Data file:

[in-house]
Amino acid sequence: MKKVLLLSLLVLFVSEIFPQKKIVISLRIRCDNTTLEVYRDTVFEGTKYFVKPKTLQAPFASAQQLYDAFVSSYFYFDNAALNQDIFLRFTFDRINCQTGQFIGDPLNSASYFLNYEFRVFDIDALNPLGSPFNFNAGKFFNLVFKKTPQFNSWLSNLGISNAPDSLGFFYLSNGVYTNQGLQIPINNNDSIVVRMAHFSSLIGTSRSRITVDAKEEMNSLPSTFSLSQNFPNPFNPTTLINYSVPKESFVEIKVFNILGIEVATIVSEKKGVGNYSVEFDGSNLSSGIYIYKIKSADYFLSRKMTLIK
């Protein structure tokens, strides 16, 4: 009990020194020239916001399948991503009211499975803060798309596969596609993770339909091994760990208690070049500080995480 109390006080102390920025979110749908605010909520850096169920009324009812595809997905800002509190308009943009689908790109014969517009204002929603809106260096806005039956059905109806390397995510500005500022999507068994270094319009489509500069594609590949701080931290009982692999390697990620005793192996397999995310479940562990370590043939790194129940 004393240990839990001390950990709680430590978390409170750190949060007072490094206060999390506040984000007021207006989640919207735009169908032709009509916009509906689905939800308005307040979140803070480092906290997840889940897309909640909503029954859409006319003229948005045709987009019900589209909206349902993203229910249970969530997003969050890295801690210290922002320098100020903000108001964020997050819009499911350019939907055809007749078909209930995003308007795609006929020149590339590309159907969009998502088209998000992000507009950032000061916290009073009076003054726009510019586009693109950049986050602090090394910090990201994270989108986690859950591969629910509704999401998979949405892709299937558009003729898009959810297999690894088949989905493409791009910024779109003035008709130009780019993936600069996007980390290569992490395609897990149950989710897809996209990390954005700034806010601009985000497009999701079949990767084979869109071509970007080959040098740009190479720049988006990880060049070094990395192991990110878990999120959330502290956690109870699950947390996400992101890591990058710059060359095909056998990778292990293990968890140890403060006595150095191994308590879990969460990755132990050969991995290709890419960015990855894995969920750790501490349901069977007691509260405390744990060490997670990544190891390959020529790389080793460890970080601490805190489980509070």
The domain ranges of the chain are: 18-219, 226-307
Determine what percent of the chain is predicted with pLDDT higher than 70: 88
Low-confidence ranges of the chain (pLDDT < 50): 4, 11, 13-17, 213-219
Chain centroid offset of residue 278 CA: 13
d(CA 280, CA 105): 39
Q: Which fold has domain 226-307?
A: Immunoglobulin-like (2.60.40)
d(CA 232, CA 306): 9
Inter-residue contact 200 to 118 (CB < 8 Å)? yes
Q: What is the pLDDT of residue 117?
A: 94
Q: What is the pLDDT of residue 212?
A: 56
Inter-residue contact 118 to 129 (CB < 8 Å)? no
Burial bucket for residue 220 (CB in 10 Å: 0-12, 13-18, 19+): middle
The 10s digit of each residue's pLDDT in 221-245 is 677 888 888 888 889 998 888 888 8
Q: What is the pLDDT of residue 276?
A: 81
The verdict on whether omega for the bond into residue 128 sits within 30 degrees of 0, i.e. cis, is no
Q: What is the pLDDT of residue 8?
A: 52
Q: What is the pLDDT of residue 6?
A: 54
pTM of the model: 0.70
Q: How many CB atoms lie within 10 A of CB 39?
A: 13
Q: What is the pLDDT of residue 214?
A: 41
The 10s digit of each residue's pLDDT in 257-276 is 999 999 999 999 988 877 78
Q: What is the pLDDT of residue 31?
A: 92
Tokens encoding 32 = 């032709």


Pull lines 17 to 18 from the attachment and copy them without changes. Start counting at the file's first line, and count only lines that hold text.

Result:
Inter-residue contact 118 to 129 (CB < 8 Å)? no
Burial bucket for residue 220 (CB in 10 Å: 0-12, 13-18, 19+): middle